At the time of writing, there are fewer than ten working days left until the UK is scheduled to leave the EU. No one knows what is going to happen, and no outcome has been adequately prepared for. Living in a constant state of uncertainty is not good for the mind, or for the financial situation of a nation.
Last week, the UK Parliament voted against leaving the EU without a deal, and in favour of an extension. But all this is meaningless without action. Unless the Article 50 notification is revoked or an extension is requested and agreed with the unanimous consent of the European Council, the UK is leaving next Friday.
But no extension has yet been requested.
Unfortunately, Parliament also voted against giving itself the power to take control of the legislative process, so it’s all up to Theresa May, surely the most irresponsible time-waster ever to run a country.
In any case, there’s not enough time left to pass the legislation required to leave in an orderly fashion on 29 March even if the Withdrawal Agreement were ratified. Which it hasn’t been, and the hypothetical third vote on it has not even been scheduled – if indeed it can be.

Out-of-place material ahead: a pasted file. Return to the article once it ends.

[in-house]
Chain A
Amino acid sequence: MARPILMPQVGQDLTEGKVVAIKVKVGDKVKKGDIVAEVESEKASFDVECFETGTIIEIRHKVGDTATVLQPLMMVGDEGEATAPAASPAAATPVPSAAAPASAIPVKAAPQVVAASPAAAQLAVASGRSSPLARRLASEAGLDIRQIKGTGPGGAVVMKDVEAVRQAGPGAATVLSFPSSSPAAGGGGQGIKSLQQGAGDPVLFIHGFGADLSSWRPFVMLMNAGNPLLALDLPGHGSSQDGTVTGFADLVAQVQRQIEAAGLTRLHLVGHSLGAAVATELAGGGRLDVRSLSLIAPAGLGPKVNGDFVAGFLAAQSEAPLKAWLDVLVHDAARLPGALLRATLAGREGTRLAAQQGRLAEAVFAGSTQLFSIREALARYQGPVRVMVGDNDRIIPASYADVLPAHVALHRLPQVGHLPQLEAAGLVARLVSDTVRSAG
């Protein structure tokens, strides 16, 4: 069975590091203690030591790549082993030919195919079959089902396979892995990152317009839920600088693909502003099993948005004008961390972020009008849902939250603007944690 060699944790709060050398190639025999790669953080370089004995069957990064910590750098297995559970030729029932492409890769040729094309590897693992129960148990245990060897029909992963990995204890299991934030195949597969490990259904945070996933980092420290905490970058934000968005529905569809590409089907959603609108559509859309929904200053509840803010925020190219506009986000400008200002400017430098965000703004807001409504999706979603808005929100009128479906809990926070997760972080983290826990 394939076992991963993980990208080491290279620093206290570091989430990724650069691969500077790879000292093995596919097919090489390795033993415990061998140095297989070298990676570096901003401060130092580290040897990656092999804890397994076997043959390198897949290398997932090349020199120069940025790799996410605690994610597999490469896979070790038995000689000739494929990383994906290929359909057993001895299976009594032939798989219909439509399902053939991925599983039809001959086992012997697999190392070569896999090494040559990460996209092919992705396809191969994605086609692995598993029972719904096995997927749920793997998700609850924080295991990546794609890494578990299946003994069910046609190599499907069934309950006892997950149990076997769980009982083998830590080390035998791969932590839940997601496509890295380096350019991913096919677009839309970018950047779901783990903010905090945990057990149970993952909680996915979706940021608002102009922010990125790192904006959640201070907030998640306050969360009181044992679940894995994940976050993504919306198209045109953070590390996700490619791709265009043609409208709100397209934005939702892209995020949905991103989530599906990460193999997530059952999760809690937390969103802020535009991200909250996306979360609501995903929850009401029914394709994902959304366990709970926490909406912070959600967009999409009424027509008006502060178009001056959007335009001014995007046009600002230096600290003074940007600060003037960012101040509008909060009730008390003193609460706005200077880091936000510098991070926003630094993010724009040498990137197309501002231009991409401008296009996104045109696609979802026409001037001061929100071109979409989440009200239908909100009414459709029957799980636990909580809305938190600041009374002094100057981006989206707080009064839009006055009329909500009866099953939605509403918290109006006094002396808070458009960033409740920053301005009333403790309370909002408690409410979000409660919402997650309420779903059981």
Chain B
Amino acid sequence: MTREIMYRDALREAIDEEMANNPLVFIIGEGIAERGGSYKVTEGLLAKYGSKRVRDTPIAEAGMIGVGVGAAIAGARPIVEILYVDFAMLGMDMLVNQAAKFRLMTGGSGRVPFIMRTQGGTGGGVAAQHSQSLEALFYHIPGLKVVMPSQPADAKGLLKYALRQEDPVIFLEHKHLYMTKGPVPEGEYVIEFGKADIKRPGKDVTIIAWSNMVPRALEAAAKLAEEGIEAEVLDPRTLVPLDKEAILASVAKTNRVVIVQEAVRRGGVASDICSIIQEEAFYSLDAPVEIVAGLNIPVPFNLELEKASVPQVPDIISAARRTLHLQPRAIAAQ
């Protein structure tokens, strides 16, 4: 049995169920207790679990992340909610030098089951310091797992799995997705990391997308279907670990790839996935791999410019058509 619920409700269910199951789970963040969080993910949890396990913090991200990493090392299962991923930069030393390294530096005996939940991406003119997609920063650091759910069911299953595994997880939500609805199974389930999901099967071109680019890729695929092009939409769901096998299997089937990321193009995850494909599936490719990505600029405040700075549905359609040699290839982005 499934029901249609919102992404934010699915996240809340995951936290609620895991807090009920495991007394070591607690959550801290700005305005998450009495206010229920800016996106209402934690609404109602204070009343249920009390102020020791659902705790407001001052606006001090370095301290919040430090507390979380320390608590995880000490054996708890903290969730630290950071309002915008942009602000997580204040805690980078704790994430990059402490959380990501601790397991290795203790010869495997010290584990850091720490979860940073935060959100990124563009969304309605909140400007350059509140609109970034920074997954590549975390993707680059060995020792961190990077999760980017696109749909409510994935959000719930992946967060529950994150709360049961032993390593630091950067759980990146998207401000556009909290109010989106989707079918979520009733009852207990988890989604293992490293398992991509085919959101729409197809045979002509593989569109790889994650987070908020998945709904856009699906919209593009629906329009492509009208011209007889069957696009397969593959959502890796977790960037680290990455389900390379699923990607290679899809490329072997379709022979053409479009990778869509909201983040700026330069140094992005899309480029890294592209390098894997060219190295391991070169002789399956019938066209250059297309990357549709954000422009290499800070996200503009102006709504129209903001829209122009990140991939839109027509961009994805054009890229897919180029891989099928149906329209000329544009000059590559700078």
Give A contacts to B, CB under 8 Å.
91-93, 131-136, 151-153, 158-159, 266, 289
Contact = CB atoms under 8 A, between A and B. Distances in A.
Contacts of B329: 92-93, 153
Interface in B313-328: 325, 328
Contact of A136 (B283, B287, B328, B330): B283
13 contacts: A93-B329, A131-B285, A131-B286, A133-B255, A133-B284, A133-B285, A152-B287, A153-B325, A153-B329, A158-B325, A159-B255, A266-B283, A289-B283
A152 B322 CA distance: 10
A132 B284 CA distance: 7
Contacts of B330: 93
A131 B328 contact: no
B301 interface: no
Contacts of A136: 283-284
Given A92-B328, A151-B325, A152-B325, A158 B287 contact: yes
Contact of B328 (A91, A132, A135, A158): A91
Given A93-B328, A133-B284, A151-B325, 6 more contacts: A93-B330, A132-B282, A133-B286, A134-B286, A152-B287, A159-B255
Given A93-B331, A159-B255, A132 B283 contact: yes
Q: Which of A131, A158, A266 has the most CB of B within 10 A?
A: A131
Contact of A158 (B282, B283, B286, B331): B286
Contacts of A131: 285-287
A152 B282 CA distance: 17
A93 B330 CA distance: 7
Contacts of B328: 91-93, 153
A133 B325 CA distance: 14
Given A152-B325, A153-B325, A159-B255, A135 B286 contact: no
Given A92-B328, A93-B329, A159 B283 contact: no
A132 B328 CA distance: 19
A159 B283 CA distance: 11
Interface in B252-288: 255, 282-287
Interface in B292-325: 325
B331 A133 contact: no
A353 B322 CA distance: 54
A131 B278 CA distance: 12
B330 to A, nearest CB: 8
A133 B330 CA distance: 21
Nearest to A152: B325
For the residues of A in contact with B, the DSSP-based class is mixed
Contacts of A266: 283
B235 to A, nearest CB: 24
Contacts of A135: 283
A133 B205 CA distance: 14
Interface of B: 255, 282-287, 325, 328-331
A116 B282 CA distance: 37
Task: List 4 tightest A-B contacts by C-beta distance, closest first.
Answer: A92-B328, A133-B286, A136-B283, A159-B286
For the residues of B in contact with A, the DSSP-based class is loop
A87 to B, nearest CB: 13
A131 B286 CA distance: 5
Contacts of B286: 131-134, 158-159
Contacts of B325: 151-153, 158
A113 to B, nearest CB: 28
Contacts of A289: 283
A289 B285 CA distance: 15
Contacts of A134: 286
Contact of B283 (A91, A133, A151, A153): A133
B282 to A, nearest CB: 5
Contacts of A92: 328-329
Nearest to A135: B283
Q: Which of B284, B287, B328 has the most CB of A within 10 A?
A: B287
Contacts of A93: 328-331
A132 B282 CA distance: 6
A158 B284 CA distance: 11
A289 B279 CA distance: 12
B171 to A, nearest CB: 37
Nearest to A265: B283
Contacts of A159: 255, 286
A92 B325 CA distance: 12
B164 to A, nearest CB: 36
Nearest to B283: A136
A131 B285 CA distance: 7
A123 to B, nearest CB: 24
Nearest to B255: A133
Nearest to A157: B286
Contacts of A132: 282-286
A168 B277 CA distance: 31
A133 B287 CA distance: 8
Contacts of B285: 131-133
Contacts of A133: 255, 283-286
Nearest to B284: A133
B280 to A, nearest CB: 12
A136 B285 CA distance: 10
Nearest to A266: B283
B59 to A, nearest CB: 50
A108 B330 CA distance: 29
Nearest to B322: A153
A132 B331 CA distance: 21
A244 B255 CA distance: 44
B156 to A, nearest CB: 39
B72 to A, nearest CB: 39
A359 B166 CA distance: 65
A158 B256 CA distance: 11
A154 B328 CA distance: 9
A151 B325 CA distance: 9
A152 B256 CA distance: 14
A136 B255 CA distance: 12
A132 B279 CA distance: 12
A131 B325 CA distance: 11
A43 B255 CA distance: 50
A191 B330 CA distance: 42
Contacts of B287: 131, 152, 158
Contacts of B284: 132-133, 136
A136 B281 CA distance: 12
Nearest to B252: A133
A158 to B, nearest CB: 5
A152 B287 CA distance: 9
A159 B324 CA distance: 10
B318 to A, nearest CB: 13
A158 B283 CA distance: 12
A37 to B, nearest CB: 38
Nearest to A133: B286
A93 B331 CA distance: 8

I had thought that the deadline for requesting an extension would be the European Council on Thursday and Friday of this week but every apparent deadline in the process so far has been missed. We could end up with an extension being decided in the evening of Friday next week, at which point it would only take one unforeseen event for everything to fall apart very fast.
It feels like a very long time since there was any certainty about the future, but we may yet look fondly back on this week, when we had a whole ten working days to go. I hope the Prime Minister remembers that the time of departure is midnight in Brussels, and that it’s an hour before midnight in London.
There are now ? days, ? hours, ? minutes, and ? seconds left until the UK leaves the EU with no withdrawal agreement, unless something changes very soon.
It’s not looking good.
As I wrote recently, I’ve been working on using LilyPond to produce attractive and readable shamisen sheet music. It’s not all been for my own purposes, though. I’ve used it to put together a free collection of traditional pieces that I have learned, so that others can benefit from more readable scores.
If the UK’s Article 50 period were a progress bar, it would now be at 97%. When it reaches 100%, the UK will leave the EU by automatic operation of law in circumstances that are currently unknown.
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